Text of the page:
J.K Rowling’s “Harry Potter” series was my introduction to fiction, so, naturally, anything associated with Rowling’s magical world carries with it a sense of nostalgia. Of course, when I heard Rowling was making her screenwriting debut with “Fantastic Beasts and Where to Find Them,” I knew I had to watch it, if not purely for emotional value.
Being a fan of the original series, I had my doubts about “Fantastic Beasts,” but these doubts were expelled as the film went on. I walked out of the theater amazed by the whimsical characters, enthralled by the complex plot line, and moved nearly to tears.
Newt Scamander (Eddie Redmayne) is a British wizard who aspires to change the wizarding world’s view on magical creatures by collecting and documenting them. However, upon traveling to a very troubled New York, Scamander misplaces his briefcase, which contains many of his documented magical creatures, and, after many of his beasts escape, he is detained by the Magical Congress of the United States of America as the instigator of the chaos in New York. With the help of a No-Maj (also known as a Muggle, played by Dan Fogler) and a former Auror (Katherine Waterston) and her sister (Alison Sudol), Scamander sets out to prove his innocence to the Magical Congress.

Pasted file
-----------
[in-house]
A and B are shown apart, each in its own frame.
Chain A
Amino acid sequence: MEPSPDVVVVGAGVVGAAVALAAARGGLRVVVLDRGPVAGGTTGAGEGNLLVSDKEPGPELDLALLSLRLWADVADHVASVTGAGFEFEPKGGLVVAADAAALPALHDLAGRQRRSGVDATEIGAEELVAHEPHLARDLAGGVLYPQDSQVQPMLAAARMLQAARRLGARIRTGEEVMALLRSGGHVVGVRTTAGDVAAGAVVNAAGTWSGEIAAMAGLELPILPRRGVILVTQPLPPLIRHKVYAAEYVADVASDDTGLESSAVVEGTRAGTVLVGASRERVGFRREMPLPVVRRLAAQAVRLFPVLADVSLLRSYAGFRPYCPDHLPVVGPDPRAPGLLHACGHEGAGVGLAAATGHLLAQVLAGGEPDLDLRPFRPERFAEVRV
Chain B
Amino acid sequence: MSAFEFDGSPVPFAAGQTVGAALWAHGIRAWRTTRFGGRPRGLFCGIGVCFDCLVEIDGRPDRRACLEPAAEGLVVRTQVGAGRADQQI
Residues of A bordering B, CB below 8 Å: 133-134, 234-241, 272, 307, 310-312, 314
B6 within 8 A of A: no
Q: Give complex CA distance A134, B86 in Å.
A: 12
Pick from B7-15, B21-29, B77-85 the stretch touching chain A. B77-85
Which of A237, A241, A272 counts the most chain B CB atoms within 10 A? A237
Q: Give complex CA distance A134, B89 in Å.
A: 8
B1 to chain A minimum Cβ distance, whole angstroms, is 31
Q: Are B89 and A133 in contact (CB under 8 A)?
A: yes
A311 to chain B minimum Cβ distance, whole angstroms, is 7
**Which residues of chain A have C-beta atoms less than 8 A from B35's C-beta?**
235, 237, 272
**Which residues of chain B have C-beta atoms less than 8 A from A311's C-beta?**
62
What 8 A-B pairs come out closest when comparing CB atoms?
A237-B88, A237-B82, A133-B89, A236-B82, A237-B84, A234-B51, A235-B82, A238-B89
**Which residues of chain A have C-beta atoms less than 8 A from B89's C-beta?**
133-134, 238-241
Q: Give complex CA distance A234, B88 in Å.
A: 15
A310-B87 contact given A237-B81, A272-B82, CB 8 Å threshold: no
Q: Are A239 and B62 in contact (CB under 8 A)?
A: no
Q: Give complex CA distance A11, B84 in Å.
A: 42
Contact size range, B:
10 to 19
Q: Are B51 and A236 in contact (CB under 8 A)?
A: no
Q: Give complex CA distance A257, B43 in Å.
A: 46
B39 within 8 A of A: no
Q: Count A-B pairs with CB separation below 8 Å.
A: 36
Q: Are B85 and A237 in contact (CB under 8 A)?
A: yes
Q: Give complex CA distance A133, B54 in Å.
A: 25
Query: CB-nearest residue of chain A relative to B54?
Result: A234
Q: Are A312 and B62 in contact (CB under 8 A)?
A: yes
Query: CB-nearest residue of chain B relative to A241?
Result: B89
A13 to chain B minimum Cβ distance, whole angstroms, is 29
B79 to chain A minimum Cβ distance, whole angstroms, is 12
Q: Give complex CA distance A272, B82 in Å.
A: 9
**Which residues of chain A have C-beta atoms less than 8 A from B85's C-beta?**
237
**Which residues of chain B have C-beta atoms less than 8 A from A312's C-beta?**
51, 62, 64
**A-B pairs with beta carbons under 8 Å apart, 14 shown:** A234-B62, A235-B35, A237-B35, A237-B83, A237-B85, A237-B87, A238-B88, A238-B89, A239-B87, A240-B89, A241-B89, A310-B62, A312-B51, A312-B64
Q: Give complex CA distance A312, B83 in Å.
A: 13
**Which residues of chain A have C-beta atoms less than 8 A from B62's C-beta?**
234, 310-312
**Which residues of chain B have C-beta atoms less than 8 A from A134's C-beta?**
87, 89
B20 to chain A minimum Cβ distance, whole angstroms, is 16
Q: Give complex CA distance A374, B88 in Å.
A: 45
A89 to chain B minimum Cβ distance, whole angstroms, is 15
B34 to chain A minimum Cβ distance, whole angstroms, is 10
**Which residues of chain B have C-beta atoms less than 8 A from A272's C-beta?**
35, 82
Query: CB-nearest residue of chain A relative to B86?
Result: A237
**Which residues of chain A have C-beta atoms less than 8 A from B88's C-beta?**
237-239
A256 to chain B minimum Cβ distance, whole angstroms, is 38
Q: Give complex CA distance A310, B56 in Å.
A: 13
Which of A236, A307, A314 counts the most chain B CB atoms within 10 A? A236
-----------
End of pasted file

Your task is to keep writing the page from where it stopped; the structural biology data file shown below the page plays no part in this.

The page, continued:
Meanwhile, strange events are taking place in the streets of New York, and a new, evil magic is to blame. In addition, the dark magician Gellert Grindelwald is widely believed to be responsible for these incidents, yet he has vanished without a trace. While searching for the lost creatures, Scamander and his companions become involved in the search for the dark forces, but soon find themselves facing a power greater than they previously imagined and the possible exposure of the wizarding world.
One of the features that stood out to me in this film was the special effects. The magical beasts were beautifully depicted, as well as the scenery surrounding them. I also admired the portrayal of magic: be it an epic wand duel or a simple “Accio” spell, I thought the wizardry was smooth and believable. Although the movie could be a little slow, I thought these effects made up for any lagging in the pace.
Overall, I think that this movie can appeal to anyone, from a veteran J.K Rowling fan like me to someone who has never read a “Harry Potter” book. Although it contains many elements of Harry’s world, it also reveals a fresh perspective on the magical world and its inhabitants. And, as Rowling has already announced a second movie, I eagerly await its arrival. Until then, we Muggles must make do with this glimpse into the world of magic.